Shaquille O’Neal’s Ownership Stake in Kings Far From Biggest Reason Franchise Has Hope for Future


ShaqHe will cannonball into Sacramento, dubbing himself something like “The Big Investor” and promising to reform DeMarcus Cousins. People will laugh and jokes about Charles Barkley‘s weight will be made and much merriment will be had by all.

Once the dust settles, though, the real work on turning around the Kings will have very little to do with Shaquille O’Neal.

O’Neal said all the right, entertaining things in talking with USA Today about his new minority ownership stake in the Sacramento Kings, the NBA franchise that came so close to becoming the new Seattle Supersonics. He called himself “Dr. O’Neal” because he has a doctorate — which he earned — and noted that the worst-ranked franchise in sports “can’t get no worser.” He was entertaining, as he often is, and if nothing else the news of his involvement gave the Kings free publicity in the pages of a national newspaper in the middle of September.

Make no mistake, there is real promise for the Kings in Sacramento, but not because of O’Neal. Oh, maybe he has a small role in that hope. The fact that there is even an NBA team in the city for him in which to invest is a start. Still, the people at the top of the ownership ledger are the ones who should give the local fans the greatest sense of confidence.

Vivek Ranadive, Ron Burkle and Mark Mastrov each has more impressive business chops than the Maloof family, without the obvious misguided sense of entitlement. Ranadive is a Wall Street tech guru who develops and manages a bunch of software that sounds like it was used on SeaQuest DSV. Burkle is at the top of the food chain, literally, at a number of large food stores and suppliers. Mastrov assured that legions of bros around the country can sculpt their guns any time of day at his 24-Hour Fitness locations, and for that our bi’s and tri’s thank him.

With that trio at the helm, the Kings were surprised to see ESPN recently rank them as the worst franchise in sports. It was not a tongue-in-cheek characterization, like Keith Olbermann‘s “Worst Person in Sports,” either. Ranadive dismissively called it a dated list, quipping “who wants to read yesterday’s newspaper?” but the ranking clearly burned. After all the speeches and rallies by Sacramentans to save their team, exuberance has been slower to catch on outside the area.

What ESPN actually had to say about the Kings’ new ownership group, however, was not nearly so damning.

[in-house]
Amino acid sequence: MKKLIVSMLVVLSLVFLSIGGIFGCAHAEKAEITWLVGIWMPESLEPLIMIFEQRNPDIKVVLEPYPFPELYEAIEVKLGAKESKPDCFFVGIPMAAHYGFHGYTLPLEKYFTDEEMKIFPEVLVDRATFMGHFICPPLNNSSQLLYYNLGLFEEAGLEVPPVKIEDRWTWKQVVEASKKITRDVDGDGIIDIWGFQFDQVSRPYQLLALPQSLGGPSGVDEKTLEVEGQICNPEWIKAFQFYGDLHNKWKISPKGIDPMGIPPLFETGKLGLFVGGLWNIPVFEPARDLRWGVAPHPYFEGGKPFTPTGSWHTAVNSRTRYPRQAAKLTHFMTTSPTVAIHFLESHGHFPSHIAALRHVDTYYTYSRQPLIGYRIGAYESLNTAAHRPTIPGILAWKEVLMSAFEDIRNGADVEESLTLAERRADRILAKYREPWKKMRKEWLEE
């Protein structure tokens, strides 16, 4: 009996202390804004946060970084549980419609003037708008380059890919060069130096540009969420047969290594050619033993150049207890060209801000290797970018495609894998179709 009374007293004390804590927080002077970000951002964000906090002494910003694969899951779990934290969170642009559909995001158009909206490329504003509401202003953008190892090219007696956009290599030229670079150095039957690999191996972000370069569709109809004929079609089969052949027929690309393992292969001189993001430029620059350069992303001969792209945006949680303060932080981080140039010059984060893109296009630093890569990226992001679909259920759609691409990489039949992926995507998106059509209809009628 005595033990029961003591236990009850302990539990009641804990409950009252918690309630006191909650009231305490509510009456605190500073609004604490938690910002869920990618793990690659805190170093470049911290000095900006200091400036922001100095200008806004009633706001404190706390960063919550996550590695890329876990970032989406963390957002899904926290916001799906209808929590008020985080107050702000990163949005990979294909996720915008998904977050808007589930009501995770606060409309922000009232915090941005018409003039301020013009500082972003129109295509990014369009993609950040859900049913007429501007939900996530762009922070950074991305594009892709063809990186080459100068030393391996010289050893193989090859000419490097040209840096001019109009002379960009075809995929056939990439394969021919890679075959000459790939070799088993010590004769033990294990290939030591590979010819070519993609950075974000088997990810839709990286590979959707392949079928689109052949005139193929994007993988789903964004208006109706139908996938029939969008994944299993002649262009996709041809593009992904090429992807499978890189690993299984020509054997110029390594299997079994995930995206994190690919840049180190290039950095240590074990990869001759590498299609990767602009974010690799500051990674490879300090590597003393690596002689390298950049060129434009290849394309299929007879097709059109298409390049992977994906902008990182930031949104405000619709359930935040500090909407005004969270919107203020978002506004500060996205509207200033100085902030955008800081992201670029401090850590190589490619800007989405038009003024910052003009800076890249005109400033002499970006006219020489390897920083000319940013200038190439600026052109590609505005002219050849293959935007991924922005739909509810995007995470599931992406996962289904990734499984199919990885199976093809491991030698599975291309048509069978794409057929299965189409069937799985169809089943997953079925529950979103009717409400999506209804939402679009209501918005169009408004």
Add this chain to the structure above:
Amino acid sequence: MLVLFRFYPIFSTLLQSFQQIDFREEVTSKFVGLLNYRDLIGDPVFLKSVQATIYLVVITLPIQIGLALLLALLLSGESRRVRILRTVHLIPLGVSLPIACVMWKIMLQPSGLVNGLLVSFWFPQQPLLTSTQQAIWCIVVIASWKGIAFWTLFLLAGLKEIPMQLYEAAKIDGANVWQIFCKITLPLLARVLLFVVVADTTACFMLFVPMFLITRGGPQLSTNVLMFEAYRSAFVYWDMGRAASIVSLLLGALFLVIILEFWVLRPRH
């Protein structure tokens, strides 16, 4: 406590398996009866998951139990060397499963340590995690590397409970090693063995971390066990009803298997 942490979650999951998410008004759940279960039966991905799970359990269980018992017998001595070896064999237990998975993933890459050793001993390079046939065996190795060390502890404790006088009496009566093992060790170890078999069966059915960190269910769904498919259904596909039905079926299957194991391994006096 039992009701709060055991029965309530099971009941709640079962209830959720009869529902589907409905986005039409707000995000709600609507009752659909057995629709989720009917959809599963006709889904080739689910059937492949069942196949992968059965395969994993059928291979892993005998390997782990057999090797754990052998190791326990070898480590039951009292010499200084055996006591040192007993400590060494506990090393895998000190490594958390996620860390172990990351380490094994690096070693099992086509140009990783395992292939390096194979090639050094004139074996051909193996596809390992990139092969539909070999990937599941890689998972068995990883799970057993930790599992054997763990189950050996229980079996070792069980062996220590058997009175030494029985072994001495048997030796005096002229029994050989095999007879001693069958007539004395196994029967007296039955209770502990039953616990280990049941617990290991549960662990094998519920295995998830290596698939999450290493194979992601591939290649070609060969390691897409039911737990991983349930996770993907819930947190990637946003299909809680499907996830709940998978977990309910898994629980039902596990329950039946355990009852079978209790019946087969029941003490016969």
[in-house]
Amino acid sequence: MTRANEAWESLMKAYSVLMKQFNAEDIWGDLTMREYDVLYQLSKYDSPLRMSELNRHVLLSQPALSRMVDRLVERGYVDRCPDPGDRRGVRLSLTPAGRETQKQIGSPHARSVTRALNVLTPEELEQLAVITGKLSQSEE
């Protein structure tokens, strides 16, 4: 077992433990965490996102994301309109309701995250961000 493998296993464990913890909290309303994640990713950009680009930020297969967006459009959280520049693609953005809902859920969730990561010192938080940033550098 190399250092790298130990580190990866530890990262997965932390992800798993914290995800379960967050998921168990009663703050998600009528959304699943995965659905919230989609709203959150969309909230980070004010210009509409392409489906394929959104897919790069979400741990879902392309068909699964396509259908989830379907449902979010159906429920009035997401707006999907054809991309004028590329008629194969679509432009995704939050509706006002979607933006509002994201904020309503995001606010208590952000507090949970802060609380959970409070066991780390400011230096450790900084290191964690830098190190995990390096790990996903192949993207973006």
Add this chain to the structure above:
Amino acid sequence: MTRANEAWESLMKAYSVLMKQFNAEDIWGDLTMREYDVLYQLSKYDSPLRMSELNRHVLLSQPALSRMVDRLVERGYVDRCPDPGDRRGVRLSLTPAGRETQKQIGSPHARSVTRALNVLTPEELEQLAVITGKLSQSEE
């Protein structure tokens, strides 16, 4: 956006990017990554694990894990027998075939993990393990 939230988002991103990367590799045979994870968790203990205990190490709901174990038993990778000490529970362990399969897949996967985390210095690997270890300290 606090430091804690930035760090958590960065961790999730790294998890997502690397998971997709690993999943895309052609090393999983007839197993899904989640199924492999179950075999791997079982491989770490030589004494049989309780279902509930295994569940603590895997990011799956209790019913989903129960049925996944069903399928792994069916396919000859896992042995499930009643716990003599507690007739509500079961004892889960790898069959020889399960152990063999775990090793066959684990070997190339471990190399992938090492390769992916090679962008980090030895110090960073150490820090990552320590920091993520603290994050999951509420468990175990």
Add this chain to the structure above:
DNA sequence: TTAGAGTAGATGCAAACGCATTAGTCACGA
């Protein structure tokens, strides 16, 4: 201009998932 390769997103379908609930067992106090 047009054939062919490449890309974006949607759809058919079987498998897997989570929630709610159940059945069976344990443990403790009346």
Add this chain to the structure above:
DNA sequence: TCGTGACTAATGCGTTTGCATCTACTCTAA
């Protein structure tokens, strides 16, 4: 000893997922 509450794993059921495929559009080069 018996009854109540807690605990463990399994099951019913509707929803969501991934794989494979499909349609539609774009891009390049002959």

“The Sacramento Kings landed at No. 122 overall in our rankings — and deservedly so,” Peter Keating wrote. “On May 31, however, software magnate Vivek Ranadive bought the club (in a deal that valued the Kings at an NBA-record $534 million), liberating the franchise from the Maloof family, which had let it rot for years while plotting to relocate the franchise to Vegas, Anaheim or Seattle.

“Now Ranadive, with help from Sactown mayor (and former star NBA point guard) Kevin Johnson, will keep the team in California’s state capital. He’s got nowhere to go but up, and we say: Good luck.”

In other words, ESPN likes what it sees from the new ownership group, too — and those rankings were made before the extent of O’Neal’s involvement was known. Whether O’Neal stomps through the door, works with Cousins and buries the hatchet with fans who grew up hating him will be extremely minor, on balance, than what Ranadive and company claim to have in store for the organization.

Of course, Ranadive, Burkle and Mastrov do not come without their critics. A vocal group of residents is trying to force a vote on the $448 million arena plan that would include a reported $258 million public subsidy, and it is tough not to side with that group. Given the choice between not having a professional sports team and having one that costs a city millions, the latter seems sort of attractive.

This is where O’Neal’s value comes into focus. No matter how much the Lakers’ three straight playoff series victories over the Kings from 2000 to 2002 may sting Kings fans, O’Neal remains well-liked among the general public. A shocking percentage of young, American adult males recognize O’Neal more than the average celebrity — 70 percent to 29 percent, according to USA Today — so when he speaks, even without substance, they listen. His presence could come in handy when the debate starts heating up. Who are viewers more likely to side with, the angry voter wielding a picket sign or the lovable former All-Star quoting his new slogan for Sacramento’s arena: “Woo-Wee!”?

Big things are ahead for the Kings in Sacramento, and wherever big things have happened in the past, O’Neal has not been far away. This time, he won’t be leading the way, just going along for the ride. But he’ll be right there where everyone can see him, larger than life and louder than any of his supporters or detractors. He still is Shaq, after all.

Have a question for Ben Watanabe? Send it to him via Twitter at @BenjeeBallgame or send it here.

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